Feste Feste and Malvolio Twelfth Night: AS & A2
Shakespeare Analysis: Malvolio and Feste from Twelfth Night and this is one of the fundamental differences between he and Malvolio; although it was built upon not things that Feste already knew, but by the connection of. The way Shakespeare described him in relation to the other characters, and the In a way I see Feste like a solitary character that enjoys his position as a jester among the nobility . In Act I, Scene V, we see the opinion Malvolio has of Feste. Feste, come together to make Malvolio believe that Olivia is in love with The relationship between Feste and Malvolio is tenuous at best.
My lady will hang thee for they absence.
Let her hang me; he that is well-hanged in thisworld needs fear on colours. He often delivers advice and biting mockery, condescending the power structure of his society while hinting at a greater knowledge of events and people than would otherwise be expected from a man of his station1. He is also the only character to display a potential awareness of the fact that Cesario is not only not the man that he claims to be, but not a man at all. I warrant thou art a merry fellow, and carest for nothing.
Not so, sir; I do care for something; but in my con- science, sir, I do not care for you; if that be to care for nothing, sir, I would it make you invisible. For were he to care for that person, then he would care for nothing at all, because that person doesn't really exist.
It is difficult whether to determine whether or not Feste actually does care for anyone; his acts are selfless and appear to be motivated in a fashion driven towards progressing the action of the story, hence his involvement with the Malvolio love debacle. Aside from consequences of his employment with Olivia, he would appear to have no connections outside of the characters found around Orsino and Olivia.
He does, however, appear to have an inverse affection for Malvolio; Malvolio, being the character representative of that to which Feste is fundamentally opposed, earns the manipulative wrath of Feste, as seen in the final resolution of the play — the scene in which it becomes clear to Malvolio that he was duped in the love Viola bore for him. Feste's apparent neutrality towards all characters is manipulated not by an uncaring, but by a lack of a drive to seek self advancement, and this is one of the fundamental differences between he and Malvolio; although both characters appear to care little for those around them, they do so for very different reasons.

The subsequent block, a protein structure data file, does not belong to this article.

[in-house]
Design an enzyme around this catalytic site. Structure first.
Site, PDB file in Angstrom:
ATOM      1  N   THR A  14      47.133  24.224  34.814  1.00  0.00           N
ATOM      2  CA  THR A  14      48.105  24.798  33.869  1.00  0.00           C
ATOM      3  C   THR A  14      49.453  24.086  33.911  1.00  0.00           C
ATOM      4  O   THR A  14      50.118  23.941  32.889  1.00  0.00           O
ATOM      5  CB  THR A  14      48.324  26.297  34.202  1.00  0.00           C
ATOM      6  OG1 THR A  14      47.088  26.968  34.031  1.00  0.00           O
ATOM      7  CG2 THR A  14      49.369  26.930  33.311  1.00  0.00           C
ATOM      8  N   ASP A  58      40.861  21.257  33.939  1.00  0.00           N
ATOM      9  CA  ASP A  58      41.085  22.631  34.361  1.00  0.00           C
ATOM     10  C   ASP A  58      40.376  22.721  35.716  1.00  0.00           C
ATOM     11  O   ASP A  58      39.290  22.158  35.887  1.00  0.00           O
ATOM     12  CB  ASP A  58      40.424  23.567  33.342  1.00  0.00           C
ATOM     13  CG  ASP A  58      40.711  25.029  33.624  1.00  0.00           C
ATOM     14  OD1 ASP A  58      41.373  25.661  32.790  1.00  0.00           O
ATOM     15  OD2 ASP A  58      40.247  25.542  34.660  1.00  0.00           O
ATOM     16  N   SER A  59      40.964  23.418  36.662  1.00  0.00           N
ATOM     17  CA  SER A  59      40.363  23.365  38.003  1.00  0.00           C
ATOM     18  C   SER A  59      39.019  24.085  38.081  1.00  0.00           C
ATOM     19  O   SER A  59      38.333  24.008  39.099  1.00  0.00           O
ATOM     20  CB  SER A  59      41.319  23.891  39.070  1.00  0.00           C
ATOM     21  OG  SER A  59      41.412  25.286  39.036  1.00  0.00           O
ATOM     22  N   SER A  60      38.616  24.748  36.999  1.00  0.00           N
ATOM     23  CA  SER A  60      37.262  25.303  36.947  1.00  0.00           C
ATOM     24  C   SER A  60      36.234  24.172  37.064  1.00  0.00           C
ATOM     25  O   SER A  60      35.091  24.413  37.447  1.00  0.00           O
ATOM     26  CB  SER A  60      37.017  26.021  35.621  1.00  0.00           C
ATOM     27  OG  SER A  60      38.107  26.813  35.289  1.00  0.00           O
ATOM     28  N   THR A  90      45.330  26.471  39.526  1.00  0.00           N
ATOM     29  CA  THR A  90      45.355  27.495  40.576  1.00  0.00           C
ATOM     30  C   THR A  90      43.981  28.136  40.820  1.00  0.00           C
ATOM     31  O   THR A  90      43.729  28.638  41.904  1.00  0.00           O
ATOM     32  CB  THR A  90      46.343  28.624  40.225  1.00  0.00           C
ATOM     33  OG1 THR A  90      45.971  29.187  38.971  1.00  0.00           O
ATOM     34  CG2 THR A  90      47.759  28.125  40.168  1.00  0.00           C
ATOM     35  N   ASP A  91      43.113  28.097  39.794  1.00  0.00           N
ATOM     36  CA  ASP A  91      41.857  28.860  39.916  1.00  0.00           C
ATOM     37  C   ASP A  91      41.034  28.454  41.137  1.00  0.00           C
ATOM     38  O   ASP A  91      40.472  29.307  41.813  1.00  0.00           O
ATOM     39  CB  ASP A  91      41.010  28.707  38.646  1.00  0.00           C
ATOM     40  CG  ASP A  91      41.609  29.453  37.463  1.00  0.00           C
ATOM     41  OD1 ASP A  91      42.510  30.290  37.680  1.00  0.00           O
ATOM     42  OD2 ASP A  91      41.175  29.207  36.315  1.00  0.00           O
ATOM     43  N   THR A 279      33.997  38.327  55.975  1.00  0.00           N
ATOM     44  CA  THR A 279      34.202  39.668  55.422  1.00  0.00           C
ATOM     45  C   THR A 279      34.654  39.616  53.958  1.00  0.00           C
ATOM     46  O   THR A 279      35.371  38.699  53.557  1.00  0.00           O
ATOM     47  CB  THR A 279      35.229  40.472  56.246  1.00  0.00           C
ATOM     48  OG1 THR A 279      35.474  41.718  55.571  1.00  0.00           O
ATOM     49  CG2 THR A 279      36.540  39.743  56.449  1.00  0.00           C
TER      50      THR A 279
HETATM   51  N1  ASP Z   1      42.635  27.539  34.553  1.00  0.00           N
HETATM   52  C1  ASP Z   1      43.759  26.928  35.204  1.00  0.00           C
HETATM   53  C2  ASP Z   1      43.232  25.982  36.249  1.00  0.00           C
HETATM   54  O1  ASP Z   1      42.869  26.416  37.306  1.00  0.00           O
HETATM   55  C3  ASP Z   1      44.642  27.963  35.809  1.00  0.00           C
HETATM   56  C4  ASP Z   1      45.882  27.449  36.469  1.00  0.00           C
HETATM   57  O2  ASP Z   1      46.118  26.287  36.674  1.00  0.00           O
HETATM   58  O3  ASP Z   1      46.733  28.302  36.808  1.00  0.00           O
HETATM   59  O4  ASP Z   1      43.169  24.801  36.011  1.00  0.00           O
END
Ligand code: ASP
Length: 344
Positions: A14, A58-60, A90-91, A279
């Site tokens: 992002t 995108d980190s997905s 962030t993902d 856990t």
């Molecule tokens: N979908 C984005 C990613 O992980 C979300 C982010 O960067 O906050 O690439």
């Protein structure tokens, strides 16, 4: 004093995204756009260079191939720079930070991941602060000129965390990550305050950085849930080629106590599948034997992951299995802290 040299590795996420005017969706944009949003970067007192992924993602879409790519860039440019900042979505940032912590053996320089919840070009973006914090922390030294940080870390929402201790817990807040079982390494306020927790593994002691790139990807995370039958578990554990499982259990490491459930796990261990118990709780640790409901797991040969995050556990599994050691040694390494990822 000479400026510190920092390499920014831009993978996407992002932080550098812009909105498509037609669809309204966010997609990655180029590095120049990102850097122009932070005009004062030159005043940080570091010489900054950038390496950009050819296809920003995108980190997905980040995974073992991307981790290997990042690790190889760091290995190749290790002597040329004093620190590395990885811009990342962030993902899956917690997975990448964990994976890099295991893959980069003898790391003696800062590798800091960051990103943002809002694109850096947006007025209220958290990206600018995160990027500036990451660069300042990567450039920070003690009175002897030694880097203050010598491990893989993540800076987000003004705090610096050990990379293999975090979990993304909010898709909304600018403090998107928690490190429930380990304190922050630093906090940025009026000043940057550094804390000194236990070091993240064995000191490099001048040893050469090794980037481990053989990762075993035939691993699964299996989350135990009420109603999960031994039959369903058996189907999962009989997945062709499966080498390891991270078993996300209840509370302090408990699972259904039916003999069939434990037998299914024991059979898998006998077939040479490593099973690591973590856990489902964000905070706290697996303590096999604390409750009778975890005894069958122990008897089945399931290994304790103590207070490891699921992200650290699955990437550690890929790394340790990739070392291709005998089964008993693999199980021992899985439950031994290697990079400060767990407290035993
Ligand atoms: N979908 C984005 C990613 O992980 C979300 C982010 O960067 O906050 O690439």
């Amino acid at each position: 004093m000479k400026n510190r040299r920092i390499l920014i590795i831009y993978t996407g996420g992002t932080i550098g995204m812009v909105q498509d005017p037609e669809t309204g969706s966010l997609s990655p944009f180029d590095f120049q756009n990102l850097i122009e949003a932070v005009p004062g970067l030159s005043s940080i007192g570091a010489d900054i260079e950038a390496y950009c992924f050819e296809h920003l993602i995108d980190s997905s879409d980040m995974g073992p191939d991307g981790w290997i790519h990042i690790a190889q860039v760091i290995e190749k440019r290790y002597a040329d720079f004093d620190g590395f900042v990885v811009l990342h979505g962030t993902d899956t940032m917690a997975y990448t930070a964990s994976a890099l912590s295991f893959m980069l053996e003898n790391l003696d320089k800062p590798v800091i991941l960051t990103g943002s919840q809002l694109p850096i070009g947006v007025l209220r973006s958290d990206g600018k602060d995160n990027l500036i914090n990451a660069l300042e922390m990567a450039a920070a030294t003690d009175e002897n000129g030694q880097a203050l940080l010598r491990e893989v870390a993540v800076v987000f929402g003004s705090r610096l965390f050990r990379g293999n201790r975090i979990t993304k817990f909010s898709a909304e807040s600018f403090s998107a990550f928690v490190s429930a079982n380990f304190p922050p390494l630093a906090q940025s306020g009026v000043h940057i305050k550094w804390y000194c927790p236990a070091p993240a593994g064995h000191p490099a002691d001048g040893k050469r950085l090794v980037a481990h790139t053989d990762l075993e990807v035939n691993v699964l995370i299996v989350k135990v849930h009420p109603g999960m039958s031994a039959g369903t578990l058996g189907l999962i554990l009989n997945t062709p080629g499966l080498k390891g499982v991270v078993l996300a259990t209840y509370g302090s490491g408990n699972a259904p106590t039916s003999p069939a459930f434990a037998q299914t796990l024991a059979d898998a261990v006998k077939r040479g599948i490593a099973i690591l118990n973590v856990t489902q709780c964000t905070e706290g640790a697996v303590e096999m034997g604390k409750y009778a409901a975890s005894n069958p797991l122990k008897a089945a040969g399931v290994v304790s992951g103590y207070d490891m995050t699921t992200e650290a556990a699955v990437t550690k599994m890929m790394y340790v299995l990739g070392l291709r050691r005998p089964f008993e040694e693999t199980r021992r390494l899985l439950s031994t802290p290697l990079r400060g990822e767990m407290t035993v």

To Feste, it would seem to him that all people, provided their treatment of him is benevolent, are the same and deserving of equal benevolence.
Twelfth Night: AS & A2 York Notes
Malvolio, however, views people as a means to an end; even the culmination of all of his hopes and aspirations, the love of Viola suggested by the letter penned by Maria in Act II, is the object of his desire not because of his love for Olivia, but the love of the power which she holds, and, consequently, may bestow upon him. Malvolio is defined by his reactions to external forces. His actions are governed either by a blind, unthinking pursuit of tradition and regulation, or of the approval of other characters found in the play.
We are first introduced to the character of Malvolio independent of Olivia as he chastises the two knights, Feste and Maria for being loud; Malvolio: My masters, are you mad, or what are you?
Have you no wit, manners, nor honesty, but to gabble like tinkers at this time of night? Do ye make an alehouse of my lady's house, that ye squeak out your coziers' catches without any mitigation or remorse of voice?
Olivia and Malvolio
Is there no respect of place, persons, nor time in you? If you can separate yourself and your misdemeanors, you are welcome to the house; if not, an it would please you to take leave of her, she is very willing to bid you farewell. It also shows that Malvolio is willing to use his position as steward to speak with the voice of Olivia, even going to far as to insinuate that the countess would prefer the two gentlemen to leave — even though she herself never indicates that.